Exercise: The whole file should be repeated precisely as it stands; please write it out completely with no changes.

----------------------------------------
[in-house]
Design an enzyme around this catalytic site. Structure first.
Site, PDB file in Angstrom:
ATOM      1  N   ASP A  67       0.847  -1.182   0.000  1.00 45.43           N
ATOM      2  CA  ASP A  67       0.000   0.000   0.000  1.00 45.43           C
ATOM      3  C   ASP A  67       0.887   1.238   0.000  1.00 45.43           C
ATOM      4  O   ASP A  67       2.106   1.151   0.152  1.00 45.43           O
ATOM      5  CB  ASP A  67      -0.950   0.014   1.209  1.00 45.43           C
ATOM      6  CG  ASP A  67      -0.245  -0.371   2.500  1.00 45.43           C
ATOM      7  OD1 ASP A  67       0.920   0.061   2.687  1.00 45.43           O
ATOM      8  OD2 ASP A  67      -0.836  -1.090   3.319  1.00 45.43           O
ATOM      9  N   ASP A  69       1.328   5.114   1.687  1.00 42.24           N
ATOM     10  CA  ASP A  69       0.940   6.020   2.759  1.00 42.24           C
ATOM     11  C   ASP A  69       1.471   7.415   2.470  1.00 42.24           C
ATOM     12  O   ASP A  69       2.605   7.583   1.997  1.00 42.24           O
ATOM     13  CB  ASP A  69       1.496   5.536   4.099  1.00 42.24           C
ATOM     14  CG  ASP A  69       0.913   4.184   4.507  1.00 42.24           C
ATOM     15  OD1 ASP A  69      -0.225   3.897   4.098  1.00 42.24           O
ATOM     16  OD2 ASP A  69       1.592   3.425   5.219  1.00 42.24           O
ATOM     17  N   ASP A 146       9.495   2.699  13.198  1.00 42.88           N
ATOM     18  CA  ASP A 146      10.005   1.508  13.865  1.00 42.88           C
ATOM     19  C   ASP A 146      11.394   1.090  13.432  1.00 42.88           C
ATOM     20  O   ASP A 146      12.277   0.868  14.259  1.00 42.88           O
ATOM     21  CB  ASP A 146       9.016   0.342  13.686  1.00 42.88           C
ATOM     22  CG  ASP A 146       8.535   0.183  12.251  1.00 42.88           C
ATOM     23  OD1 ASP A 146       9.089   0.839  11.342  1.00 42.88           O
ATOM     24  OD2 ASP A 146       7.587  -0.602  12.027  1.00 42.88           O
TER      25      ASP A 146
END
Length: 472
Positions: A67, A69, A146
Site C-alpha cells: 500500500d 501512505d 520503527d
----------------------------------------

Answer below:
[in-house]
Design an enzyme around this catalytic site. Structure first.
Site, PDB file in Angstrom:
ATOM      1  N   ASP A  67       0.847  -1.182   0.000  1.00 45.43           N
ATOM      2  CA  ASP A  67       0.000   0.000   0.000  1.00 45.43           C
ATOM      3  C   ASP A  67       0.887   1.238   0.000  1.00 45.43           C
ATOM      4  O   ASP A  67       2.106   1.151   0.152  1.00 45.43           O
ATOM      5  CB  ASP A  67      -0.950   0.014   1.209  1.00 45.43           C
ATOM      6  CG  ASP A  67      -0.245  -0.371   2.500  1.00 45.43           C
ATOM      7  OD1 ASP A  67       0.920   0.061   2.687  1.00 45.43           O
ATOM      8  OD2 ASP A  67      -0.836  -1.090   3.319  1.00 45.43           O
ATOM      9  N   ASP A  69       1.328   5.114   1.687  1.00 42.24           N
ATOM     10  CA  ASP A  69       0.940   6.020   2.759  1.00 42.24           C
ATOM     11  C   ASP A  69       1.471   7.415   2.470  1.00 42.24           C
ATOM     12  O   ASP A  69       2.605   7.583   1.997  1.00 42.24           O
ATOM     13  CB  ASP A  69       1.496   5.536   4.099  1.00 42.24           C
ATOM     14  CG  ASP A  69       0.913   4.184   4.507  1.00 42.24           C
ATOM     15  OD1 ASP A  69      -0.225   3.897   4.098  1.00 42.24           O
ATOM     16  OD2 ASP A  69       1.592   3.425   5.219  1.00 42.24           O
ATOM     17  N   ASP A 146       9.495   2.699  13.198  1.00 42.88           N
ATOM     18  CA  ASP A 146      10.005   1.508  13.865  1.00 42.88           C
ATOM     19  C   ASP A 146      11.394   1.090  13.432  1.00 42.88           C
ATOM     20  O   ASP A 146      12.277   0.868  14.259  1.00 42.88           O
ATOM     21  CB  ASP A 146       9.016   0.342  13.686  1.00 42.88           C
ATOM     22  CG  ASP A 146       8.535   0.183  12.251  1.00 42.88           C
ATOM     23  OD1 ASP A 146       9.089   0.839  11.342  1.00 42.88           O
ATOM     24  OD2 ASP A 146       7.587  -0.602  12.027  1.00 42.88           O
TER      25      ASP A 146
END
Length: 472
Positions: A67, A69, A146
Site C-alpha cells: 500500500d 501512505d 520503527d